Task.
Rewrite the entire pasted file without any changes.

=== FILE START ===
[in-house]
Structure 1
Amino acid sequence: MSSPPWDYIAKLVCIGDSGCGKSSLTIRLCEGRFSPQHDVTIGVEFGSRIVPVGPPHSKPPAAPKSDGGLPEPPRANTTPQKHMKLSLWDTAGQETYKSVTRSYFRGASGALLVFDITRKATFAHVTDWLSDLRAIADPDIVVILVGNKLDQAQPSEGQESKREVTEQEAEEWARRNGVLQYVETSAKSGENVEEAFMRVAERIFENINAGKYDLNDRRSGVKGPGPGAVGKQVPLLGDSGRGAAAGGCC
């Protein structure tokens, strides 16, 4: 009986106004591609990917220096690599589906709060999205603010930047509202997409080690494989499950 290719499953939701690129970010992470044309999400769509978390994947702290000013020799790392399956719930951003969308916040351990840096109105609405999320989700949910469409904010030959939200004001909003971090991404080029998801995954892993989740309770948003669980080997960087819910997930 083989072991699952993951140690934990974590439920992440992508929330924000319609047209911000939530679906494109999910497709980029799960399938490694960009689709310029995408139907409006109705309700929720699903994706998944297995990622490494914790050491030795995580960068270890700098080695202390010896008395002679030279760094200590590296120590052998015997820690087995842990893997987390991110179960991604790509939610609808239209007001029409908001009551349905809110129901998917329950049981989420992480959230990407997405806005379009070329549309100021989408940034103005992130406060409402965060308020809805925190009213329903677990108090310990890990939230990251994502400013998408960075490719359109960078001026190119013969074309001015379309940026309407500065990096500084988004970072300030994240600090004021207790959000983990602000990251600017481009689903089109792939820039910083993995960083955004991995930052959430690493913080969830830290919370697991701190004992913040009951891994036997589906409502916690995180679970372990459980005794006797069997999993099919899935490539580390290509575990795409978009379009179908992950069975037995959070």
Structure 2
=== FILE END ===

[in-house]
Structure 1
Amino acid sequence: MSSPPWDYIAKLVCIGDSGCGKSSLTIRLCEGRFSPQHDVTIGVEFGSRIVPVGPPHSKPPAAPKSDGGLPEPPRANTTPQKHMKLSLWDTAGQETYKSVTRSYFRGASGALLVFDITRKATFAHVTDWLSDLRAIADPDIVVILVGNKLDQAQPSEGQESKREVTEQEAEEWARRNGVLQYVETSAKSGENVEEAFMRVAERIFENINAGKYDLNDRRSGVKGPGPGAVGKQVPLLGDSGRGAAAGGCC
């Protein structure tokens, strides 16, 4: 009986106004591609990917220096690599589906709060999205603010930047509202997409080690494989499950 290719499953939701690129970010992470044309999400769509978390994947702290000013020799790392399956719930951003969308916040351990840096109105609405999320989700949910469409904010030959939200004001909003971090991404080029998801995954892993989740309770948003669980080997960087819910997930 083989072991699952993951140690934990974590439920992440992508929330924000319609047209911000939530679906494109999910497709980029799960399938490694960009689709310029995408139907409006109705309700929720699903994706998944297995990622490494914790050491030795995580960068270890700098080695202390010896008395002679030279760094200590590296120590052998015997820690087995842990893997987390991110179960991604790509939610609808239209007001029409908001009551349905809110129901998917329950049981989420992480959230990407997405806005379009070329549309100021989408940034103005992130406060409402965060308020809805925190009213329903677990108090310990890990939230990251994502400013998408960075490719359109960078001026190119013969074309001015379309940026309407500065990096500084988004970072300030994240600090004021207790959000983990602000990251600017481009689903089109792939820039910083993995960083955004991995930052959430690493913080969830830290919370697991701190004992913040009951891994036997589906409502916690995180679970372990459980005794006797069997999993099919899935490539580390290509575990795409978009379009179908992950069975037995959070």
Structure 2